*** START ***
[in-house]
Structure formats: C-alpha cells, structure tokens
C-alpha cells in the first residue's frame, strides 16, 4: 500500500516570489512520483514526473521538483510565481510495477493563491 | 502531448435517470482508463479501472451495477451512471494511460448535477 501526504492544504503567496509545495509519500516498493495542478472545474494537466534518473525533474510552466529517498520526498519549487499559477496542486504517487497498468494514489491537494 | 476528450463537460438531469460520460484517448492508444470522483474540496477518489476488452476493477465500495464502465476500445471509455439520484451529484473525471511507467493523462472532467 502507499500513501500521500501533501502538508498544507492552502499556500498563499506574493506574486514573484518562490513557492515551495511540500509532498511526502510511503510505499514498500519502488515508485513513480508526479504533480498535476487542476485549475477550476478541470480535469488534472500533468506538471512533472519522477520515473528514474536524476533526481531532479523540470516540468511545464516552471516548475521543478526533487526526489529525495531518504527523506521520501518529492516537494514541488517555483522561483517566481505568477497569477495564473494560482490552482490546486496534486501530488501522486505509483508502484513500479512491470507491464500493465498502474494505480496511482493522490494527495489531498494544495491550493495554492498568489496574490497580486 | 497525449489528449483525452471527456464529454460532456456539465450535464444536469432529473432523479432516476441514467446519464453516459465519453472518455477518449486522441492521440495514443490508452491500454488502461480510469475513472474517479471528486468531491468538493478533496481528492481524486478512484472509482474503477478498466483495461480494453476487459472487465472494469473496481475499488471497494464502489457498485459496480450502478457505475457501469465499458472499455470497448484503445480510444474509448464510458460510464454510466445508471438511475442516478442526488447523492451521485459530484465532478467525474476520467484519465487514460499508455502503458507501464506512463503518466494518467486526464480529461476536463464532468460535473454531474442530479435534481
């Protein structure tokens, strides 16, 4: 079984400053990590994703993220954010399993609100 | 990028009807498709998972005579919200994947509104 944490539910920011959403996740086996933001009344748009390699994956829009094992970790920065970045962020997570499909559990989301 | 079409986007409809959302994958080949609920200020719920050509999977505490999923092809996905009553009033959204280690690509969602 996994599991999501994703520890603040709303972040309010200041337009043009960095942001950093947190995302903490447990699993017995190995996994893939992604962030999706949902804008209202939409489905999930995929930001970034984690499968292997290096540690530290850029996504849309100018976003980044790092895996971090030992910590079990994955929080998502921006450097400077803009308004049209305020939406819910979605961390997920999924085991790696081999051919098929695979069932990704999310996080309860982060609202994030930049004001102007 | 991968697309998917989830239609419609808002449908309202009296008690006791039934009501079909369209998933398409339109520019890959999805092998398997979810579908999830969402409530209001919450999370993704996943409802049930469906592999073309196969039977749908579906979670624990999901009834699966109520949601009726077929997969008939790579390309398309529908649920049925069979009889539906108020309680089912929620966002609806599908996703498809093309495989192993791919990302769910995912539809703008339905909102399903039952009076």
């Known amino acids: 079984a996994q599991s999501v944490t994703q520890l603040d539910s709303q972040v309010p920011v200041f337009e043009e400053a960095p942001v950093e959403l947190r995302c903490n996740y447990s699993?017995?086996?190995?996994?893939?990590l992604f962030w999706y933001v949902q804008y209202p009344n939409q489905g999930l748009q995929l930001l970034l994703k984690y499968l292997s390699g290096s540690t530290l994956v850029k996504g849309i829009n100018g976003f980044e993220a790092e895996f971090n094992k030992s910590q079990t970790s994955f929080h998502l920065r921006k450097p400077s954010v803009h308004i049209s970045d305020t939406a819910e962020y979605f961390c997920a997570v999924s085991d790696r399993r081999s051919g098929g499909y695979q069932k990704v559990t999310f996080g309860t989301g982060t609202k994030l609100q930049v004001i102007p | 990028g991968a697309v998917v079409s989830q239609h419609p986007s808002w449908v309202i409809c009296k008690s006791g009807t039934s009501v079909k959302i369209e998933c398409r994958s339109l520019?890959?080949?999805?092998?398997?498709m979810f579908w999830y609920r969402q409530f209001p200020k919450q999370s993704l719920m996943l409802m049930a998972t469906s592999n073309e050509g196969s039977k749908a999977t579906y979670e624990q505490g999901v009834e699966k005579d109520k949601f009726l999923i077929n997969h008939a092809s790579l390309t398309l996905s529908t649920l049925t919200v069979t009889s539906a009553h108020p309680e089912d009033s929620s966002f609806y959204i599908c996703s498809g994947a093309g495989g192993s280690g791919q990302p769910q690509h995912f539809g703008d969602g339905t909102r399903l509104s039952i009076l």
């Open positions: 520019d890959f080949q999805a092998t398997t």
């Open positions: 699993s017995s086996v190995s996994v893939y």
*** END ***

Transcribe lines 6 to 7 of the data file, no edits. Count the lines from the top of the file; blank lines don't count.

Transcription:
């Open positions: 520019d890959f080949q999805a092998t398997t």
């Open positions: 699993s017995s086996v190995s996994v893939y």